Online grocers are failing to check for identification while delivering alcohol and cigarettes thanks to the need for socially distanced deliveries.
According to new research conducted by retail age-check company Serve Legal, the number of teenagers being asked for ID at doorsteps has dropped 15 per cent since April.
The research suggested that the rise in retailers using third party delivery companies, such as Deliveroo, to meet a spike in demand was partly to blame.
It also suggested that rushed delivery drivers and efforts to maintain social distancing while carrying out deliveries were contributing factors.
Serve Legal also conducted audits of third party courier companies in the UK, finding that just 20 per cent of 18 and 19 year-old mystery shoppers were asked for ID when buying restricted items.
“There has been an increase in partnerships between retailers and delivery companies recently and performance is worse in general by these third- party companies,” Serve Legal’s director Ed Heaver explained.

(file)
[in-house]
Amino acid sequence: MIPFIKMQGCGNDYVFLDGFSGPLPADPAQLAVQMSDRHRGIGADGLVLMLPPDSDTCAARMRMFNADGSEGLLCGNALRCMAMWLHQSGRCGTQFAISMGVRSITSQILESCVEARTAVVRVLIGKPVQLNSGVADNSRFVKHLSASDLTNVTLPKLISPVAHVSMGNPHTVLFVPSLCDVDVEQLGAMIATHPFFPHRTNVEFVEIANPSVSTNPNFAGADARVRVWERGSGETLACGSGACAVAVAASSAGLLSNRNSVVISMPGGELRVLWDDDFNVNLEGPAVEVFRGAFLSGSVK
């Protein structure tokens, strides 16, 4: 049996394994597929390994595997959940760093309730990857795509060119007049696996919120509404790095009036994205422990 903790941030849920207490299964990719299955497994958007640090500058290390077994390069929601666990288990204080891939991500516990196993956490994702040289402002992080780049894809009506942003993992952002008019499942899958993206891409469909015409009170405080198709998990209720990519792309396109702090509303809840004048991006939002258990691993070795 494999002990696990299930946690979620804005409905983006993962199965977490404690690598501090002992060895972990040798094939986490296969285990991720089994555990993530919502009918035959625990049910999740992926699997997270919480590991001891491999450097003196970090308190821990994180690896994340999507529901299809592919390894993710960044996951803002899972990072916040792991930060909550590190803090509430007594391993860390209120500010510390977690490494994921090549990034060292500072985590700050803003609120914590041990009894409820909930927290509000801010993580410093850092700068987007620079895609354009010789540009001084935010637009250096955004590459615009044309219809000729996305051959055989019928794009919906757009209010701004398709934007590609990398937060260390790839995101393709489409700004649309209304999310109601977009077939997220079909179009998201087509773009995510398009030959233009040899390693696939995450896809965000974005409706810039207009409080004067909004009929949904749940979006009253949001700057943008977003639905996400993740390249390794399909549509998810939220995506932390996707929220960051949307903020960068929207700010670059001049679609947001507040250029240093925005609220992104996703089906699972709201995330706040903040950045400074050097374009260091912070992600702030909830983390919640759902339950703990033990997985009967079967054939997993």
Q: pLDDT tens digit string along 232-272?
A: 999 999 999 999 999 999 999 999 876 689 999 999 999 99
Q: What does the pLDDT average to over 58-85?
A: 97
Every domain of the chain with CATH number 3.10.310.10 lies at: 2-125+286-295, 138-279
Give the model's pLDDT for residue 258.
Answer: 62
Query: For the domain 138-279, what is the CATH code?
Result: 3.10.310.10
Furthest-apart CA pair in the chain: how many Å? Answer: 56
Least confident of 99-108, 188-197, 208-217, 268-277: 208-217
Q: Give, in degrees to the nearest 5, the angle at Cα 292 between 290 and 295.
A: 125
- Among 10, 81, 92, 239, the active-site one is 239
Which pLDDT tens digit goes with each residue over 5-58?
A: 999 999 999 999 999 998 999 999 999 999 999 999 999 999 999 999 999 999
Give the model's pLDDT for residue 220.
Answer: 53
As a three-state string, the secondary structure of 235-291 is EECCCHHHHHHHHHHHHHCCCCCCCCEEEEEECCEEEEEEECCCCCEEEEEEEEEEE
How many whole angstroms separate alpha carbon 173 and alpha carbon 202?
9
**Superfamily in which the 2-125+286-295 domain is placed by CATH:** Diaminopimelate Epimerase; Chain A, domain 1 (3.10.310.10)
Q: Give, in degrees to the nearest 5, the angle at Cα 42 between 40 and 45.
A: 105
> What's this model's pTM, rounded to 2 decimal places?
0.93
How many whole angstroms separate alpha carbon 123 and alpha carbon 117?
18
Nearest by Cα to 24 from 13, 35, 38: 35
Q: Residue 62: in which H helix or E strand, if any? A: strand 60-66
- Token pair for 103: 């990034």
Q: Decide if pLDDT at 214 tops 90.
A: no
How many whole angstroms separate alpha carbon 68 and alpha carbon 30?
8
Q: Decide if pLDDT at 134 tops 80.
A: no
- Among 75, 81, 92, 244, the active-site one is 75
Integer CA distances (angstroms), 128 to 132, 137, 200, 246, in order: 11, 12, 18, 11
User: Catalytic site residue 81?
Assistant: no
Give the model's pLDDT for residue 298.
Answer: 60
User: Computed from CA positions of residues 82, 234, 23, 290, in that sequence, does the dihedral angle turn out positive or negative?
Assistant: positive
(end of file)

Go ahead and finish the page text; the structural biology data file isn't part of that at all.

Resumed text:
“As new entries to the online age-restricted sector, they may not have the established processes that larger online retailers and supermarkets have and, with a focus on ease and speed of service, their societal responsibilities to preventing youth from gaining access to products and the law may be overlooked.
“Retailers need to be careful as there is potential for reputational damage.”
In response to the report Deliveroo, which now delivers orders for Aldi, Marks & Spencer, Morrisons and Co-op, said it had “robust and strict” practices in place to ensure no underage shoppers were sold restricted goods.